Patients' Journey to Medication Adherence (2017-2018)

Background

It is estimated that by 2020, three-fourths of death in the world will be attributed to chronic diseases. While there have been great advancements in medications, the health benefits cannot be realized if patients do not take their medications as prescribed. In the U.S., about half of the 3.2 billion prescriptions dispensed annually are not taken as instructed, leading to 125,000 preventable deaths and wasted medical expenditure of $290 billion a year.

Taking medication may appear straightforward and routine. Yet for some patients, it may be an emotional struggle, a daily reminder of the illness they have to endure and the accompanying impediments that complicate their decisions and actions to follow doctors’ orders. Many studies have investigated the demographic, psychosocial or disease/therapy-related factors associated with medication nonadherence, with limited impact. More research is needed on the interactions of the variables, changes in patients’ perception and behavior over time and cross-cultural effects.

Project Description

The main objective of this Bass Connections project is to gain richer insights into patient disincentives and motivators for more optimal medication adherence. The project will focus on better understanding patients’ feelings and thought processes regarding medication use via focus groups and qualitative interviews.

This work will include examining self-efficacy, social support, patient-provider relationship and financial burden. Team members will also learn how patients cope with the externalities of having a prescription and their attitudes about nonadherence behavior, such as self-rationalization, frustration or desired autonomy. Another focus is on studying cultural differences in the perceptions and value of medication and interpretation of doctors’ orders that influence patients’ behavior via an international comparative study.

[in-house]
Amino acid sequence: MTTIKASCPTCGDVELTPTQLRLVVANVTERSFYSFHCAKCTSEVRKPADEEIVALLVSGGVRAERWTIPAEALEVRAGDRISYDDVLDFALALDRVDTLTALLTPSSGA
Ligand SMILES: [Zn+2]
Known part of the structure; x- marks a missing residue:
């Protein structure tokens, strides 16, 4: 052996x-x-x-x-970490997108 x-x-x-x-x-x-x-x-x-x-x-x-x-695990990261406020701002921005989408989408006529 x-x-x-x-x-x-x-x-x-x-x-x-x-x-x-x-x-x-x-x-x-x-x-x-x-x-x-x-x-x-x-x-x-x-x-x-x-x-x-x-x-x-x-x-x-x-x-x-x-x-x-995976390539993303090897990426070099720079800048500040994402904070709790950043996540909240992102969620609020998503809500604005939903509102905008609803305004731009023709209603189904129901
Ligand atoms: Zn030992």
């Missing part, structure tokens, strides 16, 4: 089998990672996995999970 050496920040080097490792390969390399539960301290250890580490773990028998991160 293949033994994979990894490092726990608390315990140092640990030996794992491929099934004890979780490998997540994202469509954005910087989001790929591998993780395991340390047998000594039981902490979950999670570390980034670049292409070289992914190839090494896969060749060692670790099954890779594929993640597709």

Field practitioners and/or executives from the relevant industries and public agencies will be invited to share their knowledge and contribute to the multifaceted learning of the team. The team will also discuss policy implications regarding healthcare quality, insurance payment system, pharmaceutical innovation and pricing as well as government welfare models.

Anticipated Outcomes

Strengthened identification and segmentation tools for nonadherence risk screening; evidence and recommendations for better patient engagement for medical professionals, policy makers and the pharmaceutical and insurance industries; preliminary results used for other grant proposals; dissemination of study results through one or more group-authored conference presentations and peer-reviewed publications

Student Opportunities

Student team members are encouraged to develop subprojects using either primary or secondary data to probe deeper into one or more of the related constructs of their particular interest. Undergraduates may have opportunities to travel overseas in the summer (with the support of DukeEngage) to investigate the impacts of healthcare systems and policies on patient behavior and medication outcome. A Ph.D. student or postdoc may serve as project manager.

Cross-level and peer evaluations will be performed periodically to ensure group learning and project progress. Students will be evaluated on their initiatives, acquisition and application of research skills, efforts and commitment to teamwork and contribution to collective learning.

Timing

Fall 2017 – Summer 2018

  • Fall 2017: Conduct literature review; field expert mini seminars; plan focus groups and interviews; complete IRB; collect data; summarize and discuss qualitative findings; design subprojects individually or in pairs; campus or conference presentation of preliminary results
  • Spring 2018: Draft manuscript of qualitative study; design quantitative survey; translate questionnaire for parallel international study; conduct multi-part data collection in the US and one or more countries; compare and analyze data; submit for conference presentation and/or publication
  • Summer 2018: Paper revisions; prepare for longitudinal study; travel overseas to investigate the impacts of healthcare system and policies on patient behavior (optional for students with the support of DukeEngage independent program)

Crediting

Independent study credit available for fall and spring semesters; summer funding

Faculty/Staff Team Members

Hayden Bosworth, School of Medicine - Psychiatry & Behavior Sciences*
Cheryl Lin, International Studies and Markets & Management*
Pikuei Tu, Duke Policy & Organizational Management Program*
Leah Zullig, Medical Center - Duke Cancer Institute*

Community Team Members

Laura Bayzle, The Link Group
Rungting Tu, Management School, Shenzhen University, China

* denotes team leader

Status

Active, New